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Friday, 02 December 2016

Comments

He has one: http://www.rosariocivello.it/

On the computer is does look like some kind of illustration. Maybe a print version is different. This is certainly a photo that might give one impression at a few inches across on a screen, and another one completely on paper, larger. I do like it. whatever the case.

Some of his BW work has a "Michael Kenna" feel...

It looks like an intermediate ski trail to me. Nothing strange about it, except the high contrast treatment that makes it a nicer graphic object. Nice picture. What makes you think it was photoshopped? To me the different tree densities and the prominence of the white background are familiar.

scott

A friend of mine calls her photos "collage" when she has combined elements from different photos; she calls her photos "photos". It makes the artist's intention clear. To me, different skill sets are involved. I personally would be more excited if Crivello's setting were real rather than frabicated.

[I'm not saying it's not real, just reporting my impressions. I've asked him; maybe he'll answer. --Mike]

Not necessarily a photoshop creation. Winter trees without leaves and ski run printed with a bit of extra contrast.
He may have manipulated things but this can be done in camera.

Looks like an aerial view of a ski slope to me.
Much clearer at the link.

I like this photo very much. If it is the result of some type of manipulation it is well done, IMHO. The shadows are correct, the contrast of similar objects seems to be the same. If you glance quickly it has the appearance of a print made from a piece of Kodalith. Uh oh, revealed my approximate age once again.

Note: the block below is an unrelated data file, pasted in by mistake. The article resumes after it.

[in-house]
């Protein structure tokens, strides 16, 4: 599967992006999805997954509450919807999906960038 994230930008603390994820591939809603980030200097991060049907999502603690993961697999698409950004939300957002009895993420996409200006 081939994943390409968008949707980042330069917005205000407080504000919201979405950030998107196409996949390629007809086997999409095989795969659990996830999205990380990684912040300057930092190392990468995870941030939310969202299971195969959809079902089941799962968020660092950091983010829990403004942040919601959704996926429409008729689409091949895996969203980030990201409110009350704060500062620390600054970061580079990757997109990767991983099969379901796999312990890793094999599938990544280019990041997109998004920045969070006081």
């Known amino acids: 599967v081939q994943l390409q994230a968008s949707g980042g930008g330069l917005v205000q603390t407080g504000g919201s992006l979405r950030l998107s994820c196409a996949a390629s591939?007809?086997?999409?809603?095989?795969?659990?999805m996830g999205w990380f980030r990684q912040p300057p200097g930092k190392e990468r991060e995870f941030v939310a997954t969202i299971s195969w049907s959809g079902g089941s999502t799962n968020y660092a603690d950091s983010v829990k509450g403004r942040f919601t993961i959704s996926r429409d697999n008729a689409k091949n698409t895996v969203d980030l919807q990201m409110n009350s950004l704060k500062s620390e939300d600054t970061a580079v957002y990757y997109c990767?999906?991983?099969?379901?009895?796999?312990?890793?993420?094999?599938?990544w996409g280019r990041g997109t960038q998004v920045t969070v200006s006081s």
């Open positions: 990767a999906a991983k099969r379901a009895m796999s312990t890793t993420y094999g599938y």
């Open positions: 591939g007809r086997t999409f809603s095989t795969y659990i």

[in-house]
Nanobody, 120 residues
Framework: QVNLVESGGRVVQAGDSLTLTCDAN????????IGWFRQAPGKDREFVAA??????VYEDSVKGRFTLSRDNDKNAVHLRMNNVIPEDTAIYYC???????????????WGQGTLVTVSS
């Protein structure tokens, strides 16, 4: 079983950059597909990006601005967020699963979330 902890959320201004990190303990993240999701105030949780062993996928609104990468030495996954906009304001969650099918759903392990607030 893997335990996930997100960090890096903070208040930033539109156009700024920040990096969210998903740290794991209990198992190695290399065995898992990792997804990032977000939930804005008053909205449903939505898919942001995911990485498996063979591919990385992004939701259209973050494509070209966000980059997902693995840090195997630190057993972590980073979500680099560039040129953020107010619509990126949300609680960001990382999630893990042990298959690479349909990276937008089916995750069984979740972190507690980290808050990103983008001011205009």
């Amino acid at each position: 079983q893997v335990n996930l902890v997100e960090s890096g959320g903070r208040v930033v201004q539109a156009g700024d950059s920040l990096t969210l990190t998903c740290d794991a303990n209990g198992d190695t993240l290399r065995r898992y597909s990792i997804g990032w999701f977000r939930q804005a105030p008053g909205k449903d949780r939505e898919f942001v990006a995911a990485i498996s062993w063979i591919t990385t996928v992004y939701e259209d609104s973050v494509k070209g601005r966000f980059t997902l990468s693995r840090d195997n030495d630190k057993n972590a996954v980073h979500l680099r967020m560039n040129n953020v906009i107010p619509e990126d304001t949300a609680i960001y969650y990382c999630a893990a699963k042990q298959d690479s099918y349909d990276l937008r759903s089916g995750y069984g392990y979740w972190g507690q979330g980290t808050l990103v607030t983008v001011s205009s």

I think its real. The 'pen and ink' look comes from the shadows and tree trunks interacting, and the fact that it was printed at a very high contrast level.

at first glance it looks exactly like film to me. More specifically it looks exactly like medium format using an old style thick emulsion slow film in a high acutance developer. I used to use Panatomic-X in D19 diluted 1 to 1 and the adjacency effect of the exhausted developer would make trees and snow look just like this.

Actually, if someone showed this to me as a 10x10 inch print, the first thing I would think of is Harry Callahan.

Of course after looking at is for a minute I see that there is at least one section that is cloned.

Not that I have any particular problem with that other than the fact that it is so obvious.

It's a pay to play competition (perhaps another TOP business idea?) for professionals and non-professionals with multiple categories. Rosario Civello won in the Non-Professional side.

http://ndawards.net/page/about-competition/faq/

Q: Do you accept digitally manipulated images?
A: Digitally manipulated images are accepted, although within reason and taste.

Some of the images are "heavily processed" if not actually manipulated (which I presume means cut/paste/heal/clone).

http://ndawards.net/winners-gallery/nd-awards-2016/professional/conceptual/376/gold-award

And this one has mirror reflected half-buildings is copy and pasted ... so that's allowed. With a oddly unreal background too.

http://ndawards.net/winners-gallery/nd-awards-2016/professional/buildings/377/silver-award

So the manipulation limit is quite high (collaging a few skiers would be small compared to that).

Looks well within the bounds of normal lightroom processing to me and I think I like it.
Anthony

These photographs are very elegantly designed. Didn't you recently enquire whether any photographers were using long focal length lenses to produce a body of fine art photography? There seem to be a few such images here at least.

I presume this picture was taken in Italy.

I have taken a similar sort of picture using the beech woods ("faggeti") that grow in our mountains to create an abstract effect like this.
http://nigelvoak.blogspot.it/2015/04/monte-cavalbianco.html

So I think it is just a high contrast shot.